Australia’s Lockdown Probably Sent Economy to Second-Biggest Slump
Australia’s economy probably posted its second-largest contraction on record as businesses were forced to shutter.
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Australia’s economy probably posted its second-largest contraction on record as businesses were forced to shutter and states sealed borders to try to contain a raging outbreak of the delta variant of coronavirus.
Gross domestic product likely fell 2.7% in the June-to-September period from the prior quarter, economists predicted ahead of data Wednesday. They revised up their forecasts from a 2.5% drop after the release of final pieces of data today. That would be the biggest fall since a 7% decline in April-to-June 2020, meaning the nation’s two worst quarters occurred during the pandemic.
Australia’s central bank has signaled a weak result will only be a “setback” and remains optimistic that “a swift rebound in economic activity” is likely, TD Securities in Singapore said.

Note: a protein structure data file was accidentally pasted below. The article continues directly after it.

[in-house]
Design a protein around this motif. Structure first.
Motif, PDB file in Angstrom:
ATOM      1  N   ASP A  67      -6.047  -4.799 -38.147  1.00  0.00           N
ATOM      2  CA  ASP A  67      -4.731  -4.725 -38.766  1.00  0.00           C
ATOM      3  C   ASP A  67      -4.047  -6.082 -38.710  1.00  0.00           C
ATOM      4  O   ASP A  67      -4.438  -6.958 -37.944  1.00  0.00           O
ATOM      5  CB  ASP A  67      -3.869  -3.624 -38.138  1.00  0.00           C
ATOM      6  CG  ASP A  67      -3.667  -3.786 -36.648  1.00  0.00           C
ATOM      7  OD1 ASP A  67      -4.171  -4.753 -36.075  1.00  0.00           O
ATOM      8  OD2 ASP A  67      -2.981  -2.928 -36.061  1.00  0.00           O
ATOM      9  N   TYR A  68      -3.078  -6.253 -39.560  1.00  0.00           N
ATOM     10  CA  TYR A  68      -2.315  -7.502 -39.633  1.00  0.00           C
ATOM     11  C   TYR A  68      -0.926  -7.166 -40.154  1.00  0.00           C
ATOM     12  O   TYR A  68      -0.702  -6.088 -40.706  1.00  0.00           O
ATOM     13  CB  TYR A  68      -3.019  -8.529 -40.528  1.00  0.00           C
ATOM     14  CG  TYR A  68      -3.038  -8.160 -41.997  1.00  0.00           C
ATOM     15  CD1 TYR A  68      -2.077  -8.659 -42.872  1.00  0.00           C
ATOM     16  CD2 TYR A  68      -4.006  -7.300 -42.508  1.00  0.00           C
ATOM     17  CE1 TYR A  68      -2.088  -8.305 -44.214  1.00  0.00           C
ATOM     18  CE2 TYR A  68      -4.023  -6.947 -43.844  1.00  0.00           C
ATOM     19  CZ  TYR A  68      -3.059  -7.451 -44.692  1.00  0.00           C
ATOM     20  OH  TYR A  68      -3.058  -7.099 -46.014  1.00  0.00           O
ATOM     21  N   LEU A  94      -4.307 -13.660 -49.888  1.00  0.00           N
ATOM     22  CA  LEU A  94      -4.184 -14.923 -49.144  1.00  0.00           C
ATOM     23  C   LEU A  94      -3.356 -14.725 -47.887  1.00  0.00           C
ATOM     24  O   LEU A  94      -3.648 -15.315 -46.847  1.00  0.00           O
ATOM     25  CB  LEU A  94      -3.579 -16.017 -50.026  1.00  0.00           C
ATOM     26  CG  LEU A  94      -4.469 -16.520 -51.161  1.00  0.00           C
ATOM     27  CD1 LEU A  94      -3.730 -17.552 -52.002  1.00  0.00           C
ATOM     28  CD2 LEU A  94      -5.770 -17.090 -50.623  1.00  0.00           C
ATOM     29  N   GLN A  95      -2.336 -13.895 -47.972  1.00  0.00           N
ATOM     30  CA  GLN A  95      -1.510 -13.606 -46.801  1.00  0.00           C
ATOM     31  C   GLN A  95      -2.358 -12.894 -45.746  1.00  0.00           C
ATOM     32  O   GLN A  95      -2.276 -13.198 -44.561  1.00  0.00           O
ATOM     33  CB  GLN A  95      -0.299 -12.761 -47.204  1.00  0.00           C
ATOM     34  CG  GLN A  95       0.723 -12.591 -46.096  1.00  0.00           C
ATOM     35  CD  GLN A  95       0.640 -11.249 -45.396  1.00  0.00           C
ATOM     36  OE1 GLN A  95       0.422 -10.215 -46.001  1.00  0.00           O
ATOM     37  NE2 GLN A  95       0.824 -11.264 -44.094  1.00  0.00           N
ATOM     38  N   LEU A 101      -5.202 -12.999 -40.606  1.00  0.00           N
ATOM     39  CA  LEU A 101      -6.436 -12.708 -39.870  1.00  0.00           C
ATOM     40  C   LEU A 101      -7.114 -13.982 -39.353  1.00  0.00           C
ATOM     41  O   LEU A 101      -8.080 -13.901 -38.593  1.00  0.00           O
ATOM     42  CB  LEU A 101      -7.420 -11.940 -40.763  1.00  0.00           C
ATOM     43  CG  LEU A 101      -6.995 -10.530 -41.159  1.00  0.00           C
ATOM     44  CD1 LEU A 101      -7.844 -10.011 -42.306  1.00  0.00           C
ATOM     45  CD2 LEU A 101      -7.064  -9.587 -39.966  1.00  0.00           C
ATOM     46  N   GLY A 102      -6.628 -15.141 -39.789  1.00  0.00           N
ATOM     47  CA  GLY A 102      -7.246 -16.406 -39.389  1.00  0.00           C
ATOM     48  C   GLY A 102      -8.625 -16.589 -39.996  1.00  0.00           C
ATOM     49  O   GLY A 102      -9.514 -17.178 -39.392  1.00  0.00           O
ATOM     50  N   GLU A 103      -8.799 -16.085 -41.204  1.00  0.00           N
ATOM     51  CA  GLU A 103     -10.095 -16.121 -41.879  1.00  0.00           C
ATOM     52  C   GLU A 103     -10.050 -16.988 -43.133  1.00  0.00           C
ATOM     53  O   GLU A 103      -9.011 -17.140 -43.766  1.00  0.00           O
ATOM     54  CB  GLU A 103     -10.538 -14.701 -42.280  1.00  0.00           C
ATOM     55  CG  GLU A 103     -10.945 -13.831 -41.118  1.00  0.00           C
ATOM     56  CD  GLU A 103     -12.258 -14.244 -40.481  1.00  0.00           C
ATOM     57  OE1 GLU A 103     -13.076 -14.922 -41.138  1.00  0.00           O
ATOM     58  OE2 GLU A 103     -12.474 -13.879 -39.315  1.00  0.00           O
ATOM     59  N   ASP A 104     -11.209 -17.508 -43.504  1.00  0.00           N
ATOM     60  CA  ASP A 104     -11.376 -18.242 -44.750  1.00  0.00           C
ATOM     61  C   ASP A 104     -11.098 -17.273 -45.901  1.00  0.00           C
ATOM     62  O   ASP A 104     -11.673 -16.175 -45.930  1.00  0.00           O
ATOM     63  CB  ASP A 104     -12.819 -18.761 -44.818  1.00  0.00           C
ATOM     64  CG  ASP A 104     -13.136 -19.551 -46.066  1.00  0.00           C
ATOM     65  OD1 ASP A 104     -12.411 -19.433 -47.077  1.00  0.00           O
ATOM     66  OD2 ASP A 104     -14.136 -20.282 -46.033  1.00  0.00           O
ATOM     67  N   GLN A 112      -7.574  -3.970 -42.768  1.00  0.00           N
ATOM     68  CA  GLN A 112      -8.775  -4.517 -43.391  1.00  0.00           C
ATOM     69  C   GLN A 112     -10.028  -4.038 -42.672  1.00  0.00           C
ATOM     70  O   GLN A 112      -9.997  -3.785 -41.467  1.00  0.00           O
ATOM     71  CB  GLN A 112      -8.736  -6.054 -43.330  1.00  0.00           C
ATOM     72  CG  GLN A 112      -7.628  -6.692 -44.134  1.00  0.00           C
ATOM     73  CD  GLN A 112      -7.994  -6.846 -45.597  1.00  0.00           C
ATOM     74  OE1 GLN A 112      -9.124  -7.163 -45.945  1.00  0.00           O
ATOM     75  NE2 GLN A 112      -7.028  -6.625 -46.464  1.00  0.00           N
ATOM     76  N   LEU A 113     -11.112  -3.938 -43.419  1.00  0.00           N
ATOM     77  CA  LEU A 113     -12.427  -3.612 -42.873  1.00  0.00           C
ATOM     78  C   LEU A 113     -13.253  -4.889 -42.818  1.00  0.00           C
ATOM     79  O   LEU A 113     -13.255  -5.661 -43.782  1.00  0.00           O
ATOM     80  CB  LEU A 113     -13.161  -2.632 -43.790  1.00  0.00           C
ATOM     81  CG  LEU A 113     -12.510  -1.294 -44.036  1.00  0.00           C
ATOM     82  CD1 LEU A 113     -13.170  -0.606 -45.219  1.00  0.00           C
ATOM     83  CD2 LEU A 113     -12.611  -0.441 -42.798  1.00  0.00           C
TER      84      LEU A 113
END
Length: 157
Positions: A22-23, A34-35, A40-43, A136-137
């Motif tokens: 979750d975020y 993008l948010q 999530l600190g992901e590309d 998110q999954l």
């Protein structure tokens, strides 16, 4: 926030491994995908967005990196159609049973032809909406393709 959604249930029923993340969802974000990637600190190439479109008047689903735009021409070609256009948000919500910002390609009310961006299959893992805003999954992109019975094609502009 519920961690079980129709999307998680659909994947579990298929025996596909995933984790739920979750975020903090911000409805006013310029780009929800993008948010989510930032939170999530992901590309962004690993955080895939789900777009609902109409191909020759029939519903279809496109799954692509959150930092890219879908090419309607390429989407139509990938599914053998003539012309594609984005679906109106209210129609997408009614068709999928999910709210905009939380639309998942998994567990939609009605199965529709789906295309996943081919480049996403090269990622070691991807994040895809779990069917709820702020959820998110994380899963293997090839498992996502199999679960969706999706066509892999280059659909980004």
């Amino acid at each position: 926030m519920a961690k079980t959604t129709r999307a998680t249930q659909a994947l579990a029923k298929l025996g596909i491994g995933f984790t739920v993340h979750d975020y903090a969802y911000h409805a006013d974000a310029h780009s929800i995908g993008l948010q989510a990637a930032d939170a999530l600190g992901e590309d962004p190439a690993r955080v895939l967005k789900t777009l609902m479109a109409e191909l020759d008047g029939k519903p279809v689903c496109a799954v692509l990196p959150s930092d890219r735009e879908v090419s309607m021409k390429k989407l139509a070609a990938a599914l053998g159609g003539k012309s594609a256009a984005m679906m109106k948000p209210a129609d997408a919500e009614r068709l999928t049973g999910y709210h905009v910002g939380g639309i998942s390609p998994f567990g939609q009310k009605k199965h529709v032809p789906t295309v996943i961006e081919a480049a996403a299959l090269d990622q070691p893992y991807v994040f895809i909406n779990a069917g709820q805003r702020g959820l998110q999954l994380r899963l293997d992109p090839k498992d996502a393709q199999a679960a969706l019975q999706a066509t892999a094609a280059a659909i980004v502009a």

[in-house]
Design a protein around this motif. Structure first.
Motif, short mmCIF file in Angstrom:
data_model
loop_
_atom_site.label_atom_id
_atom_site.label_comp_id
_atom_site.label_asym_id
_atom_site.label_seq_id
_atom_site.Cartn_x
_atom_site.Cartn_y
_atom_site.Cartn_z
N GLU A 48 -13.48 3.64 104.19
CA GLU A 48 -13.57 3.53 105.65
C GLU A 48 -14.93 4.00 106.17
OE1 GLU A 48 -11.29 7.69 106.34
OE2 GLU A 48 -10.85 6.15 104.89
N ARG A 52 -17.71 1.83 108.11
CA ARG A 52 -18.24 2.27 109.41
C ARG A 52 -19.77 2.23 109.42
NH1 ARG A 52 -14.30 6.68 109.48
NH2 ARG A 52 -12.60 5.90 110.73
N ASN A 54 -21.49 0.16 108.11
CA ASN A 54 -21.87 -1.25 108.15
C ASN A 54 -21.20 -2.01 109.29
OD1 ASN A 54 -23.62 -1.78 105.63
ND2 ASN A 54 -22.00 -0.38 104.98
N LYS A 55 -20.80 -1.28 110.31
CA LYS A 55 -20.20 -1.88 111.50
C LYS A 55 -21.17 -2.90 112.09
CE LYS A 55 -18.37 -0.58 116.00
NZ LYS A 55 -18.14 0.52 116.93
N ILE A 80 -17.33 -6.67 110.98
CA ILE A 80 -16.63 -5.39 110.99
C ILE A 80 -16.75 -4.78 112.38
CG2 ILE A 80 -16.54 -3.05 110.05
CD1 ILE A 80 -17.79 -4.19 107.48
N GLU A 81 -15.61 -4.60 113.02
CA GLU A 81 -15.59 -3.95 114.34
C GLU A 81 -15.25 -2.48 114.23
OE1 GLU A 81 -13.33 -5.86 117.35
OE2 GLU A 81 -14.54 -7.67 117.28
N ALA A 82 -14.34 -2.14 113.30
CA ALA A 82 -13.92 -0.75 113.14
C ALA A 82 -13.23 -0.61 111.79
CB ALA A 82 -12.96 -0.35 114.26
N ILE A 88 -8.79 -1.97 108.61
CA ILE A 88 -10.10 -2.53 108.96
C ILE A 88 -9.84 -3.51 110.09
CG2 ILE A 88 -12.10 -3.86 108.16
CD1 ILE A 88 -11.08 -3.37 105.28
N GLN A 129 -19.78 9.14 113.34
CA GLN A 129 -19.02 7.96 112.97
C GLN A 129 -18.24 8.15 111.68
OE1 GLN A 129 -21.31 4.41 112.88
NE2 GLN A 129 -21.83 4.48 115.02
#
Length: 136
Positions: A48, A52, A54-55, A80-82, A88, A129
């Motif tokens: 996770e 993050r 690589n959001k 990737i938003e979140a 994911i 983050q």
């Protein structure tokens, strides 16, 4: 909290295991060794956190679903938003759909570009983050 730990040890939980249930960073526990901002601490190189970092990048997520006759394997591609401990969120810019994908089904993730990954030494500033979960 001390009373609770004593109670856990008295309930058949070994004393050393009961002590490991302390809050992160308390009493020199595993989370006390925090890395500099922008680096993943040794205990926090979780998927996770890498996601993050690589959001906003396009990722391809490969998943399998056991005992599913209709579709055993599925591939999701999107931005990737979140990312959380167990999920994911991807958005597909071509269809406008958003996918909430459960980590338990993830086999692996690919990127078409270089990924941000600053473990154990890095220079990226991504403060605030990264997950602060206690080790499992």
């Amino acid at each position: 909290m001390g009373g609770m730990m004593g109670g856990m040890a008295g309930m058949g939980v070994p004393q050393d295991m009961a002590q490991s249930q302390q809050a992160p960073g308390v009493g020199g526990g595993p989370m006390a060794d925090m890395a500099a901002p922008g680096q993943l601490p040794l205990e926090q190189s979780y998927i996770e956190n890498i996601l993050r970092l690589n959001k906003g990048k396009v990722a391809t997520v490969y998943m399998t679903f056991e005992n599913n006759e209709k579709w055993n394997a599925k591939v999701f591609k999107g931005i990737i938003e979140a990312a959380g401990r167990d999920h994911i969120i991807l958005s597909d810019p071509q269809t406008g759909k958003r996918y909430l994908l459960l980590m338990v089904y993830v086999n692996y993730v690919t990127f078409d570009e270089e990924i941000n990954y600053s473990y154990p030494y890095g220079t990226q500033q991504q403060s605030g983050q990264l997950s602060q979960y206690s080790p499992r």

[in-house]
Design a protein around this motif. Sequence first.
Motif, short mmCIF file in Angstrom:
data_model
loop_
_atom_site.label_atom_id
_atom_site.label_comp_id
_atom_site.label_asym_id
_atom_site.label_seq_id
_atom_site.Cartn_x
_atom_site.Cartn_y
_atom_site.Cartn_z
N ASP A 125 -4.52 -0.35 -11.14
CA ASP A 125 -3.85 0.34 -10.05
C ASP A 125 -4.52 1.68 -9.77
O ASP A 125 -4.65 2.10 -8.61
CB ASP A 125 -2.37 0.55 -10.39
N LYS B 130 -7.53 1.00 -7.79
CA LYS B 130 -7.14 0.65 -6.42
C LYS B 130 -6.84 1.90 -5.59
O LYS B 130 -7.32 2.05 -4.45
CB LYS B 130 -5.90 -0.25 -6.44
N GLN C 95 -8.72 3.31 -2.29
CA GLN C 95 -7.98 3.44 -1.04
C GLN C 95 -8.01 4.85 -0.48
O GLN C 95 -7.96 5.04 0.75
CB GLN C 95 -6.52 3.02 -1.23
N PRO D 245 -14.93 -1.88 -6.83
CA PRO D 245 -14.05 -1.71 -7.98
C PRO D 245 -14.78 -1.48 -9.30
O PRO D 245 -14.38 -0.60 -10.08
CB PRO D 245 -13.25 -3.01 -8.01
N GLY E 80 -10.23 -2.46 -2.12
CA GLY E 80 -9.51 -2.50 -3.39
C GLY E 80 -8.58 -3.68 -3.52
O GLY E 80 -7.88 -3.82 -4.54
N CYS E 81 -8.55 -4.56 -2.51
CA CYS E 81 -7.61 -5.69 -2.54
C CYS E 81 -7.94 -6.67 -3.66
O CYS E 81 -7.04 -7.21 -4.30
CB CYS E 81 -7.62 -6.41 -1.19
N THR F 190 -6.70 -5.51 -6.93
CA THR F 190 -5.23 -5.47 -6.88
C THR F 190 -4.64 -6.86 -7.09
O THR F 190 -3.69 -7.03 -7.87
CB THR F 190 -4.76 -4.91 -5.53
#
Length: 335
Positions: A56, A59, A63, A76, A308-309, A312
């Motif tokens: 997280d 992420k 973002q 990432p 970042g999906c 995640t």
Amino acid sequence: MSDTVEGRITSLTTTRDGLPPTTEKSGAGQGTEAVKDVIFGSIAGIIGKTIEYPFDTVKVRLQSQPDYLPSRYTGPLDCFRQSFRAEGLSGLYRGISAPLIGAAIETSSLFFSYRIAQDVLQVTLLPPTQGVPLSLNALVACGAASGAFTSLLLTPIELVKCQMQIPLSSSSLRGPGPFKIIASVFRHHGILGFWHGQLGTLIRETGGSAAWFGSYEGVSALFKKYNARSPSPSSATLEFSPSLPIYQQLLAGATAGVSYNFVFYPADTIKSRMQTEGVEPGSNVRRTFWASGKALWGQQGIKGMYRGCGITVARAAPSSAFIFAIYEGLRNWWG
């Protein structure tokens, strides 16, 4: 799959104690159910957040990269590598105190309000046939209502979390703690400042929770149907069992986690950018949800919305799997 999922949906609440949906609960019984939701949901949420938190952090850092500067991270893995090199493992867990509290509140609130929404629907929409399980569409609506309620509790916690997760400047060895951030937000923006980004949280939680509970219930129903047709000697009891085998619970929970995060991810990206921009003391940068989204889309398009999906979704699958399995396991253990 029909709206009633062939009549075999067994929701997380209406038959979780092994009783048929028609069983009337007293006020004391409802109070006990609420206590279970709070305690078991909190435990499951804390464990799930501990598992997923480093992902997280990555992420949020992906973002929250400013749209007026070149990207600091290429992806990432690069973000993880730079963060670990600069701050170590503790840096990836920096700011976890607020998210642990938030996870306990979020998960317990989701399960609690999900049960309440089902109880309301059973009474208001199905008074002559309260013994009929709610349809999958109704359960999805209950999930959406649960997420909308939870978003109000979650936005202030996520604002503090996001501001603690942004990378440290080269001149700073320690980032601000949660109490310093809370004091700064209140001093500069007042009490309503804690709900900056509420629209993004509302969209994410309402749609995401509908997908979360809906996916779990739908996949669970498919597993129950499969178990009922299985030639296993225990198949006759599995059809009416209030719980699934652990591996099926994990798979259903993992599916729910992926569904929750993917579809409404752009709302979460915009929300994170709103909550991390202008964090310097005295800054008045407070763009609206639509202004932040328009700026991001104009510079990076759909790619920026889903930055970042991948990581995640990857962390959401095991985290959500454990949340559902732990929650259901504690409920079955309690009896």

For the outlook, much will depend on the omicron variant of coronavirus.
Here are three things to watch for in third-quarter GDP beyond the headlines.
- Income and savings: Massive fiscal support to keep households and firms solvent during the lockdown is likely to have boosted incomes. In addition, with Australians stuck at home and unable to spend on big-ticket items like foreign travel, the savings rate probably jumped again, leaving consumers cashed up to fuel the recovery.
- Services spending: Economists struggle to gain a handle on services demand as monthly retail sales data primarily covers goods. The GDP report will show just how hard services were hit by restrictions that prevented large parts of the east coast from eating out, attending sporting and entertainment events or going to hairdressers, nail spas and gyms. While consumers were largely still able to buy goods online, the services economy likely came to a screeching halt.
- Labor costs: The GDP report’s Compensation of Employees will probably reinforce existing signals in the economy that price pressures remain weak. Still, third-quarter business indicators released Monday showed the drop in the wages bill wasn’t as bad as it might have been given hours worked fell 3.1%. The wage weakness was also more narrowly based than during last year’s lockdown. Eleven of 17 industries posted declines in July-to-September this year compared with 16 of 17 through April-to-June 2020.
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